Revenge Travel? I Think Not

Like many of you (read on), I recently decided to hit the road, this time for my first real vacation since 2019. You might wonder why a retired guy needs a vacation, but, as has been rigorously explored in these pages over the past few years, we all need to get away now and then no matter how we typically spend our days. Travel’s in our blood as a species; we can’t live without it. As I have previously noted in these pages, I learned this the hard way by not taking vacations for 20 years. Big mistake. Live and learn.

And yet in fact almost all of us were stuck at home, in many cases for two years or even more, thanks to the pandemic. We’ll be discussing our national reactions and responses to Covid for decades to come – did we do too much, not enough, overreact, underplan, or what? But as interesting as these questions may be, such doesn’t really matter for our purposes today.

What does matter is that demand for travel surged as the virus did the opposite, so much so that a new term has been coined: revenge travel. There doesn’t seem to be a precise definition for revenge travel, but I think it’s used most often to describe travel undertaken simply to compensate for the disruption and isolation that defined the pandemic era, again two-plus years of something between significant-to-monumental inconvenience and outright hell. The thesis behind revenge travel, then, is that millions are now traveling simply to travel, anywhere, posting a big screw-you middle finger to an event that, again, changed us as individuals, societies, and perhaps even as a species.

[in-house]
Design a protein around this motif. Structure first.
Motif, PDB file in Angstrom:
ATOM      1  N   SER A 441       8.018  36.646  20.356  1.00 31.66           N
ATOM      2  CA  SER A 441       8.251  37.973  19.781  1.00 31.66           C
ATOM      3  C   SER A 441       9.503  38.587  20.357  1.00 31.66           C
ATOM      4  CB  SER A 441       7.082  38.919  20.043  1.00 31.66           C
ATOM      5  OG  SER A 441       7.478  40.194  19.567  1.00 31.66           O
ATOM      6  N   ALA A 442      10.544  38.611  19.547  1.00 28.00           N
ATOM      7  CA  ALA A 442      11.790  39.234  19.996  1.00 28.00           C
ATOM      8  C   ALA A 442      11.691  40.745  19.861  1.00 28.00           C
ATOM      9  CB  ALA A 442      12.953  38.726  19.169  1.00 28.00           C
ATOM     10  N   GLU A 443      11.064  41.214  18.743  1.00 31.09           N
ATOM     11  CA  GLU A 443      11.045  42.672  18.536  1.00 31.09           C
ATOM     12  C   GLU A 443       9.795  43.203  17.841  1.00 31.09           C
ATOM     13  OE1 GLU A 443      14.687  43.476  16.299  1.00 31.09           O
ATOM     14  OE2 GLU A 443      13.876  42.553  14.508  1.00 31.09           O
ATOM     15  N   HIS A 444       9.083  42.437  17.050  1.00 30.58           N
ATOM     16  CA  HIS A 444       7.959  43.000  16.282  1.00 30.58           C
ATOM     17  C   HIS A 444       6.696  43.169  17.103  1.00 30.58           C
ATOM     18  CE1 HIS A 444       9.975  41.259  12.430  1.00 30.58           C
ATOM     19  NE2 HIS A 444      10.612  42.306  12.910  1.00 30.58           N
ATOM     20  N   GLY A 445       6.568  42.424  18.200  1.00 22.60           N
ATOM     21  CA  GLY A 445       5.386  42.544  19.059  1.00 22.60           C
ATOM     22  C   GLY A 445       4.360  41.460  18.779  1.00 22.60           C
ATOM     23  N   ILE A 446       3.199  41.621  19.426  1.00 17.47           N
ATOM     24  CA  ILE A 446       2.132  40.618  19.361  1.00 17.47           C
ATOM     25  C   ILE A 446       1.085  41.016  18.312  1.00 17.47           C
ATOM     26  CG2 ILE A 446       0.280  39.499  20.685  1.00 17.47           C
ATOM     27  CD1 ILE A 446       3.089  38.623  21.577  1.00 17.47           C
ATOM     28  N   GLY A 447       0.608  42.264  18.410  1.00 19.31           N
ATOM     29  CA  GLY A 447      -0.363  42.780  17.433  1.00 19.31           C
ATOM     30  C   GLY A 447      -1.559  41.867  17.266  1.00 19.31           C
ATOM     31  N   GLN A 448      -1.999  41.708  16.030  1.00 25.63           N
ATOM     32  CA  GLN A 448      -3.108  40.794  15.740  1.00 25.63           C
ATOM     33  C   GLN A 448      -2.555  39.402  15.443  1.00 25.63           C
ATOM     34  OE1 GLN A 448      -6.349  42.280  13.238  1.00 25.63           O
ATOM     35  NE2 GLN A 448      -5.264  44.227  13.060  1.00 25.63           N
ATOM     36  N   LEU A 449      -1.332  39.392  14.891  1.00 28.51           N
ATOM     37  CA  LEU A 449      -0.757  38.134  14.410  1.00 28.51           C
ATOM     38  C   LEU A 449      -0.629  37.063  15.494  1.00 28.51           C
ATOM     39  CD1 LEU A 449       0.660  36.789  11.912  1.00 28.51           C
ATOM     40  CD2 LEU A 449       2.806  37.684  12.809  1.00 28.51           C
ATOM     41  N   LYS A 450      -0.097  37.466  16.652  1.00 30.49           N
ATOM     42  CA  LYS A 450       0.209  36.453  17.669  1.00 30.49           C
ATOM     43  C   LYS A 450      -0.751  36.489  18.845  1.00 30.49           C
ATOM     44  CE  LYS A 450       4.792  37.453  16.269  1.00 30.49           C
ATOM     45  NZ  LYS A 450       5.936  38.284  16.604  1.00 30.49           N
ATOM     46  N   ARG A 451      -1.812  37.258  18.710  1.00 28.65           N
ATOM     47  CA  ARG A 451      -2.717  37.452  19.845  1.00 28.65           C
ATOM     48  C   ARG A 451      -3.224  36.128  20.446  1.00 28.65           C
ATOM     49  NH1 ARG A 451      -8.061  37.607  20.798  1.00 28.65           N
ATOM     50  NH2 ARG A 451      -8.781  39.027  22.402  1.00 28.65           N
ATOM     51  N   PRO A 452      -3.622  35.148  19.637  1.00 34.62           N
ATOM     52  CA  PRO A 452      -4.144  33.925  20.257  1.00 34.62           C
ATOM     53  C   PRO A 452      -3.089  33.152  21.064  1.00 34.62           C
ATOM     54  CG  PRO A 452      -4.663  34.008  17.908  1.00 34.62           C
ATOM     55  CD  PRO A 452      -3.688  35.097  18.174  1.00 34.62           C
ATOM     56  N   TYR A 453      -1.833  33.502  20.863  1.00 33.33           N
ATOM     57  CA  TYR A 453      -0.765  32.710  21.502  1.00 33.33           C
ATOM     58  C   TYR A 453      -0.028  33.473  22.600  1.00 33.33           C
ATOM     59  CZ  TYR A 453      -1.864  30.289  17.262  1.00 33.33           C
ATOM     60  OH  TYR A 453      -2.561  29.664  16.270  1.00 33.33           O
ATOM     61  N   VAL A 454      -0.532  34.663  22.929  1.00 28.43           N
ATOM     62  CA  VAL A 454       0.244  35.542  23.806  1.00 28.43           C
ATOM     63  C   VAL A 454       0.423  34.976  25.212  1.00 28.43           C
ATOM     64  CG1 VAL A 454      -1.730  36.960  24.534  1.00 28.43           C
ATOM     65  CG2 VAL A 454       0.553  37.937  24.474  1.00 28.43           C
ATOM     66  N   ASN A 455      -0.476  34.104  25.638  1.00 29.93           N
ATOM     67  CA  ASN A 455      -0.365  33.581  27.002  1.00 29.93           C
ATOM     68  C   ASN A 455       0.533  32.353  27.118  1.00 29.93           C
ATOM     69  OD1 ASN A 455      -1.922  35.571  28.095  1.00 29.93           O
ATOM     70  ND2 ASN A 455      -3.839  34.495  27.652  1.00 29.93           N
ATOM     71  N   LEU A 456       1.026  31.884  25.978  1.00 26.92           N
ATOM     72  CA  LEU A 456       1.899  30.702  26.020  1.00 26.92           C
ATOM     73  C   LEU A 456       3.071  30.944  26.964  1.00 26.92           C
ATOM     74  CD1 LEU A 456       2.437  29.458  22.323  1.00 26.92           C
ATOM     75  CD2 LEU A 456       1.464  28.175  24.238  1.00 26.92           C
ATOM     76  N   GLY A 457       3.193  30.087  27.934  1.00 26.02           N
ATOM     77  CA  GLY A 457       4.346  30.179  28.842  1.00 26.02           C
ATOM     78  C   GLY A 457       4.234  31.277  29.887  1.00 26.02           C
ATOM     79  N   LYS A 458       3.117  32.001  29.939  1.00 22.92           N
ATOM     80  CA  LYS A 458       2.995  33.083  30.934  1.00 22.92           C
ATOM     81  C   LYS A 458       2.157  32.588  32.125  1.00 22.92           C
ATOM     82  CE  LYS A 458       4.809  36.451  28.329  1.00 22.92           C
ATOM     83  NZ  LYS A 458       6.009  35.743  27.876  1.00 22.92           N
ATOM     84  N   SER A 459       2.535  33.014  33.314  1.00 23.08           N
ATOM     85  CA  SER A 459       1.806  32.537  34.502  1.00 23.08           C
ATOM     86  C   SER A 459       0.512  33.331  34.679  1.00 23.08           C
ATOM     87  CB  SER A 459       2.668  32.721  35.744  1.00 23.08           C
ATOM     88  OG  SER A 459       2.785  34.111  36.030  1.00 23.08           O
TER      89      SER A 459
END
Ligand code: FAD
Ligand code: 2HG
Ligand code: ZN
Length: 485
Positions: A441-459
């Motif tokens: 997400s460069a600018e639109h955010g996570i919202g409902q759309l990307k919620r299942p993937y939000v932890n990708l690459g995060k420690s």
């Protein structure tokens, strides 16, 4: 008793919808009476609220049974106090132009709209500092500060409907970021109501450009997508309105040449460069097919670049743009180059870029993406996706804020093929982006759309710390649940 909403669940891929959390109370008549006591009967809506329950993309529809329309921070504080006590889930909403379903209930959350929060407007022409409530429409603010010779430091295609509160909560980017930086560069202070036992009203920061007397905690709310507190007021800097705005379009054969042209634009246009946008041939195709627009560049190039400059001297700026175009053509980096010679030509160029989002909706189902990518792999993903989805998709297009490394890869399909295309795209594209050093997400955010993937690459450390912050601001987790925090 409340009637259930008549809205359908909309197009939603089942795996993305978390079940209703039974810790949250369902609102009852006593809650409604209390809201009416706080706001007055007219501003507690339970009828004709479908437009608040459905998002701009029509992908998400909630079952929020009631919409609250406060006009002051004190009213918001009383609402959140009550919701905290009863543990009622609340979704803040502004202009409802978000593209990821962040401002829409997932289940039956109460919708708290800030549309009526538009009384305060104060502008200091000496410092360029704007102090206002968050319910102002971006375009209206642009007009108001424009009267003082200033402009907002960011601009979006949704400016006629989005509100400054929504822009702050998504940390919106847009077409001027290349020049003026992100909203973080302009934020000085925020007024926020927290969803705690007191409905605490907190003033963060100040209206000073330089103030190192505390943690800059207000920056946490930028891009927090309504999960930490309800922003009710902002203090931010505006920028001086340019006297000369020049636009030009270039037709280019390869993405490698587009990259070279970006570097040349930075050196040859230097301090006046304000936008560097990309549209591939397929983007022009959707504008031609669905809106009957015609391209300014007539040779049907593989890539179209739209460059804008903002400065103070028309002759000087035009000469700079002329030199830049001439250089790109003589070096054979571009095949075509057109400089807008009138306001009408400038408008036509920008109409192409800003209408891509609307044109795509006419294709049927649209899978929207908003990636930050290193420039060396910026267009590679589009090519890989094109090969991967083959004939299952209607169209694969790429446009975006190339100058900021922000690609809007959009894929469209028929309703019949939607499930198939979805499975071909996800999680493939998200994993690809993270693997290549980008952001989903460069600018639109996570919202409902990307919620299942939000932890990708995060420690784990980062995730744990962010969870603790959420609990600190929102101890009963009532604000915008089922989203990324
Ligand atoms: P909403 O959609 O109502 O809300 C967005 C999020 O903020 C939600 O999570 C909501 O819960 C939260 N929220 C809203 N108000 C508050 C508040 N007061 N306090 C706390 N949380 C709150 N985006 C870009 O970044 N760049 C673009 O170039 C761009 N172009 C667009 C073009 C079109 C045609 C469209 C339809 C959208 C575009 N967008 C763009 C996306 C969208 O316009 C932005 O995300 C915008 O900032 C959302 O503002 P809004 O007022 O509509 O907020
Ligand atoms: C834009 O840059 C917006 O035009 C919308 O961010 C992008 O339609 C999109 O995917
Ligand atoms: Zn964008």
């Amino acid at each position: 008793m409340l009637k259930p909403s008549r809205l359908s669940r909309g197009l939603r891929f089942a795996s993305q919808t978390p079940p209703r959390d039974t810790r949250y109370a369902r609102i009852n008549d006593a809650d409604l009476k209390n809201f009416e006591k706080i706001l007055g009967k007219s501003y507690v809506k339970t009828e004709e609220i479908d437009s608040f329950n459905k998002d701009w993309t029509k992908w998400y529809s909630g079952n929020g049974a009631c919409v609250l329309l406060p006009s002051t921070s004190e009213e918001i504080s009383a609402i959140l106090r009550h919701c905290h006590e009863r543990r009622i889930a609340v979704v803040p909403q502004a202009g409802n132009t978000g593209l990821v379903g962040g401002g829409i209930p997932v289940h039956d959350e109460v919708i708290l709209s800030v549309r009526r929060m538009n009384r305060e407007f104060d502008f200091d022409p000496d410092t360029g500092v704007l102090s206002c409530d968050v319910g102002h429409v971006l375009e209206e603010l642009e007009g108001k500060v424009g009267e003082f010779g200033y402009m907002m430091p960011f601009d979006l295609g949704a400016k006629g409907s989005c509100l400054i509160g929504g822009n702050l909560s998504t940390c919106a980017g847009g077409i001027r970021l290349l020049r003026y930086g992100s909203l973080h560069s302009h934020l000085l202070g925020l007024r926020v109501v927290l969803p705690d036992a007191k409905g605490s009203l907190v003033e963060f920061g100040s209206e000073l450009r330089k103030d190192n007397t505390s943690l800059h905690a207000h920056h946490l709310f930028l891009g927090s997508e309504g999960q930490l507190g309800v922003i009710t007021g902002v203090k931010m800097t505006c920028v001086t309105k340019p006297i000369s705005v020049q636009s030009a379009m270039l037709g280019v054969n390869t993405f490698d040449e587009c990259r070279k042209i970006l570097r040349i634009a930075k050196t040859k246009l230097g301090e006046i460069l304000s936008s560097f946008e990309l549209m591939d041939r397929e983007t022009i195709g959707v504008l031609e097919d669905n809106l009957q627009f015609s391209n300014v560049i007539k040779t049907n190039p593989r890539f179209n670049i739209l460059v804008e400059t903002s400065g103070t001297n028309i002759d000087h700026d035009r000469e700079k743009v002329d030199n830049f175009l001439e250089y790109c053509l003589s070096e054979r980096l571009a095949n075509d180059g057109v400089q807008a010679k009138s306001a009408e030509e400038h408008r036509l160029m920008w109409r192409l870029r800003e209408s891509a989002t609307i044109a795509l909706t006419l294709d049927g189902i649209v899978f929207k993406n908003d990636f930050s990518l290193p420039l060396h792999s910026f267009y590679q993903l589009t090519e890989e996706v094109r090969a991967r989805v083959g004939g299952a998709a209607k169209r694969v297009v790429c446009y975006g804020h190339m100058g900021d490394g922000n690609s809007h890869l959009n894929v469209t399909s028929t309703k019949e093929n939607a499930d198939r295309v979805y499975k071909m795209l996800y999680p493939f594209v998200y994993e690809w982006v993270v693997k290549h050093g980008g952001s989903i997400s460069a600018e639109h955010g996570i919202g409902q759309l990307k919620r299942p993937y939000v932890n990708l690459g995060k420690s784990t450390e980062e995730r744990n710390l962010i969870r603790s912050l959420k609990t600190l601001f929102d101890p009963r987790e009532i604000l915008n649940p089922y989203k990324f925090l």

OK – we can certainly argue the merits of attempting to gain revenge upon a situation that was thrust upon us and clearly beyond our control, the result of a pathological organism we clearly can’t reason with, and I understand and appreciate the desire to just get back out there, anywhere, regardless of cost of even desired benefits. But we must also note that travel, as has been well-documented, has become significantly less convenient and significantly more expensive since before the pandemic. One’s thus got to be pretty hell-bent on revenge to even attempt travel during 2023. Right?